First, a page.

New York City’s regulation was amended in July to loosen the restrictions at issue in the case, but the Supreme Court opted to proceed with the arguments anyway. The justices have said they will consider during the arguments the city’s contention that the change in the regulation has made the matter moot.

Outside the white marble courthouse, hundreds of gun control supporters held a demonstration and carried signs including some reading, “Why are guns easier to buy than a college education?” “Gun laws save lives” and “2nd Amendment written before assault weapons were invented.”

Maryland resident Christina Young said such laws need to reflect modern society, including mass shootings.

“I have an 11-year-old daughter. I never had to worry about guns in my school when I was a kid,” Young said.

Amid the crowd, one gun rights supporter held high a large sign demanding Second Amendment rights.

Gun control advocates have expressed concern that the court, with a 5-4 conservative majority, could use the legal battle over a now-loosened gun control regulation unique to one city to issue a ruling widening gun rights nationwide.

Such a ruling could jeopardize a variety of firearms restrictions passed in recent years by state and local governments across the country, including expanded background checks and confiscations of weapons from individuals who a court has deemed dangerous, according to these advocates.

The dispute centers on New York City’s handgun “premises” licenses that allowed holders to transport their firearms only to a handful of shooting ranges within the city, and to hunting areas elsewhere in the state during designated hunting seasons.

The plaintiffs filed suit in 2013 after they were told by authorities they could not participate in a shooting competition in New Jersey or bring their guns to a home elsewhere in the state. The Manhattan-based 2nd U.S. Circuit Court of Appeals ruled last year that the regulation advanced the city’s interest in protecting public safety and did not violate the Second Amendment.

GUN CONTROL LAWS PROLIFERATE

Gun control is a contentious issue in the United States, which has experienced numerous mass shootings. Since 2013, 45 states and the District of Columbia have adopted more than 300 gun control laws, according to the Giffords Law Center to Prevent Gun Violence. Republican opposition in Congress has been instrumental in thwarting passage of new federal laws.

New York City officials have argued that controlling guns in public takes on particular urgency in the most densely populated urban center in the United States, where the potential for violence, accidents or thefts is heightened.

The regulation dated back to 2001 when New York police tightened handgun transport rules because officers had observed license holders improperly traveling with loaded firearms or with their firearms far from any authorized range.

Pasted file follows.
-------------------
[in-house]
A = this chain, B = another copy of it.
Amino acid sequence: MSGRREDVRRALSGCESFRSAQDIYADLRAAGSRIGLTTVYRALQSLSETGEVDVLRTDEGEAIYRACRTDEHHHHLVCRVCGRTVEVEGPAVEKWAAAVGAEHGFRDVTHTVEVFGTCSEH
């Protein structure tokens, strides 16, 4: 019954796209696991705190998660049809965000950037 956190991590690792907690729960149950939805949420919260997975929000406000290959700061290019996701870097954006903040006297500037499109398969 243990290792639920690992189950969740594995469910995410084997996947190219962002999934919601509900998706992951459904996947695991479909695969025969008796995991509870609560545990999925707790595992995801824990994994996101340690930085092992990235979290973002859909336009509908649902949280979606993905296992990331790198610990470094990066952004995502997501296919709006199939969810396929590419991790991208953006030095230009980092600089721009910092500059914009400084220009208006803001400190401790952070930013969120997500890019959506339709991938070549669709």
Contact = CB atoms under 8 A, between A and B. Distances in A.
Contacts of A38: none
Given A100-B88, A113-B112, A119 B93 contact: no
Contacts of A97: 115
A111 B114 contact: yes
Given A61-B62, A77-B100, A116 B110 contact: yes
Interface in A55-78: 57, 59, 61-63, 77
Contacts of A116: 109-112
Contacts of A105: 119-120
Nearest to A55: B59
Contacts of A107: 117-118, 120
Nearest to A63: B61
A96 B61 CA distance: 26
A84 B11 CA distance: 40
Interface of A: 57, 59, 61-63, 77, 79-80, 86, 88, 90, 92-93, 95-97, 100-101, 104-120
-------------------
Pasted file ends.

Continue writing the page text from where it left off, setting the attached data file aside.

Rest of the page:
The city argued that the rule did not prevent training as there are plenty of ranges at which to practice within the city, and individuals could rent firearms at competitions farther afield. The rule also did not prevent homeowners from keeping a separate handgun at a second home outside the city.

The Supreme Court had avoided taking up a major firearms case since 2010, when it extended to state and local regulations a 2008 ruling that recognized for the first time that the Second Amendment protects a person’s right to keep a gun at home for self-defense.

The challengers have said that the history and tradition of the Second Amendment makes clear that the right extends beyond the home. They also are asking the Supreme Court to require lower courts to more strictly review gun curbs, with an eye toward striking them down.

The court’s ruling is due by the end of June.

(Reporting by Andrew Chung; Editing by Will Dunham)

U.S. chief justice rejects bid to block ‘bump stocks’ gun ban

FILE PHOTO: A bump fire stock that attaches to a semi-automatic rifle to increase the firing rate is seen at Good Guys Gun Shop in Orem, Utah, U.S., October 4, 2017. REUTERS/George Frey/File Photo

By Lawrence Hurley

WASHINGTON (Reuters) – U.S. Chief Justice John Roberts on Tuesday rejected a bid by gun rights activists to put on hold a ban by President Donald Trump’s administration on “bump stock” gun attachments that enable semi-automatic weapons to be fired rapidly.

Justice Sonia Sotomayor has not yet acted on another similar request. The ban goes into effect on Tuesday but lower courts have yet to rule on an appeal brought by gun rights activists in Michigan and the U.S. capital.

Trump pledged to ban the devices soon after a gunman used them to shoot and kill 58 people at a country music festival in Las Vegas in October 2017. The Justice Department on Dec. 18 announced plans to implement the policy.

A Washington-based federal district court judge in February upheld the ban, prompting gun rights advocates to appeal to the U.S. Court of Appeals for the District of Columbia Circuit. That court heard oral arguments on Friday but has not yet ruled. The appeals court, however, say that the ban cannot go into effect in relation to the specific individuals and groups challenging it.

The action by Roberts concerned only the Washington case. The challengers in the Washington case include individual gun owners and gun rights groups such as the Firearms Policy Foundation and Florida Carry Inc.

In the Michigan case, a federal district court judge last week ruled in favor of the administration. The challengers include individuals and the gun rights group Gun Owners of America. The Cincinnati, Ohio-based 6th U.S. Circuit Court of Appeals on Monday refused to put the ban on hold pending appeal.

Sotomayor is now weighing an emergency request in that case.

On the day the administration announced plans to put the policy in place, gun rights advocates sued in federal court to challenge it. They have argued that the U.S. Bureau of Alcohol, Tobacco, Firearms and Explosives (ATF) lacks the authority to equate bump stocks with machine guns under decades-old law.